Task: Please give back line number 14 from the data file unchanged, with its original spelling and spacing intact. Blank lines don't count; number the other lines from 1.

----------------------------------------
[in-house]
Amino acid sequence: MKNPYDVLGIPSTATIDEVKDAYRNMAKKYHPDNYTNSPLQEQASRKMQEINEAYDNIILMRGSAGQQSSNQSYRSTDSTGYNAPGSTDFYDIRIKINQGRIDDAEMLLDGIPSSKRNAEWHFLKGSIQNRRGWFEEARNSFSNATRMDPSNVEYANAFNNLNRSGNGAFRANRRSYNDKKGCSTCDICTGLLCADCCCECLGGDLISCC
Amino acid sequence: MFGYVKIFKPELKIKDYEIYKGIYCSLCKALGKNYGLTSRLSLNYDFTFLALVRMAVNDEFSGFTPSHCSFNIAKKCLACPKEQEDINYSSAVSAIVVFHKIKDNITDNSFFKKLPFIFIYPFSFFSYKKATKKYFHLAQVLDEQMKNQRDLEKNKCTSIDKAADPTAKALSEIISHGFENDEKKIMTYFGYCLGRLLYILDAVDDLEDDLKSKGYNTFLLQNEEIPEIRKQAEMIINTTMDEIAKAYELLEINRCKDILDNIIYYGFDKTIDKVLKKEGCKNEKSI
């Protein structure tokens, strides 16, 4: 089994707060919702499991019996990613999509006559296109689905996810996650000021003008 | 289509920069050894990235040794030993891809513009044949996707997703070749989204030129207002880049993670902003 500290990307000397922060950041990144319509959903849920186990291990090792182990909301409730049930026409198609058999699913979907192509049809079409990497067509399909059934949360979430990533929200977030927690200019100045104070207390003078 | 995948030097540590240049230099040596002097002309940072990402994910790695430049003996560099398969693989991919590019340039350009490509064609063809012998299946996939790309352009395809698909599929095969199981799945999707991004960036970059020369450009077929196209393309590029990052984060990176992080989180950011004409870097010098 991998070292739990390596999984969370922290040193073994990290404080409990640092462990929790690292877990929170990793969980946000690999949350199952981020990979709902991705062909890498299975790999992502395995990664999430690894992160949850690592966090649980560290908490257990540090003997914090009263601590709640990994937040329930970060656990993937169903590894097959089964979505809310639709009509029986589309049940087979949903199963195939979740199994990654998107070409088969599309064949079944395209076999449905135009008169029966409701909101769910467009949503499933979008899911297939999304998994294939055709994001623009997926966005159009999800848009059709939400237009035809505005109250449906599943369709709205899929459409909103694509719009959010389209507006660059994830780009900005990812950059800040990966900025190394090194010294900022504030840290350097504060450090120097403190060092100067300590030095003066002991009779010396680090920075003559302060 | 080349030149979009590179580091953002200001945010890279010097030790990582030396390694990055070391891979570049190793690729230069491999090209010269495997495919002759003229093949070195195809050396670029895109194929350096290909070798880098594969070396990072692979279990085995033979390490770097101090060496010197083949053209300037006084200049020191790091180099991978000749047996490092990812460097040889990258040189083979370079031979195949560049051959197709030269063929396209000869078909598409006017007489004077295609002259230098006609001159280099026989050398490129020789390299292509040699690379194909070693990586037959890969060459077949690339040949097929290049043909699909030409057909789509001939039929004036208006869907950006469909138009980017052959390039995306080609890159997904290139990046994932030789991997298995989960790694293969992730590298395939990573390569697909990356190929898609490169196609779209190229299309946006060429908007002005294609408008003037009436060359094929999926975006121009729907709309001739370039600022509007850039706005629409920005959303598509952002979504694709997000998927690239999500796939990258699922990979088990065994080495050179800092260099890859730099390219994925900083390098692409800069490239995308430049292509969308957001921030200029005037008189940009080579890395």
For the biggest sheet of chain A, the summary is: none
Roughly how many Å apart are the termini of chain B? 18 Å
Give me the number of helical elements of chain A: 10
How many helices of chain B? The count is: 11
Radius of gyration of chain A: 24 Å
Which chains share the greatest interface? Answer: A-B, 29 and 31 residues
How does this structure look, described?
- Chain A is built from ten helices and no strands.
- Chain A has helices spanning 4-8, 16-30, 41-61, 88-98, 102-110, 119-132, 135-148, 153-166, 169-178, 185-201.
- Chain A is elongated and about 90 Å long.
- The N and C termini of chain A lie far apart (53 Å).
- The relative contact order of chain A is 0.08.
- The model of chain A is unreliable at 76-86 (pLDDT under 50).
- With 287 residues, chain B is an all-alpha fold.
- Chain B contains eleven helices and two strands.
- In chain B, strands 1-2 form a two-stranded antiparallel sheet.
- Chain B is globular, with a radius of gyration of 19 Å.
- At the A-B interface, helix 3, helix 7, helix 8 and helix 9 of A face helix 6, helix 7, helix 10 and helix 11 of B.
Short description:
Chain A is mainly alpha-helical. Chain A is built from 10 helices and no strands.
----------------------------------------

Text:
- Chain A is elongated and about 90 Å long.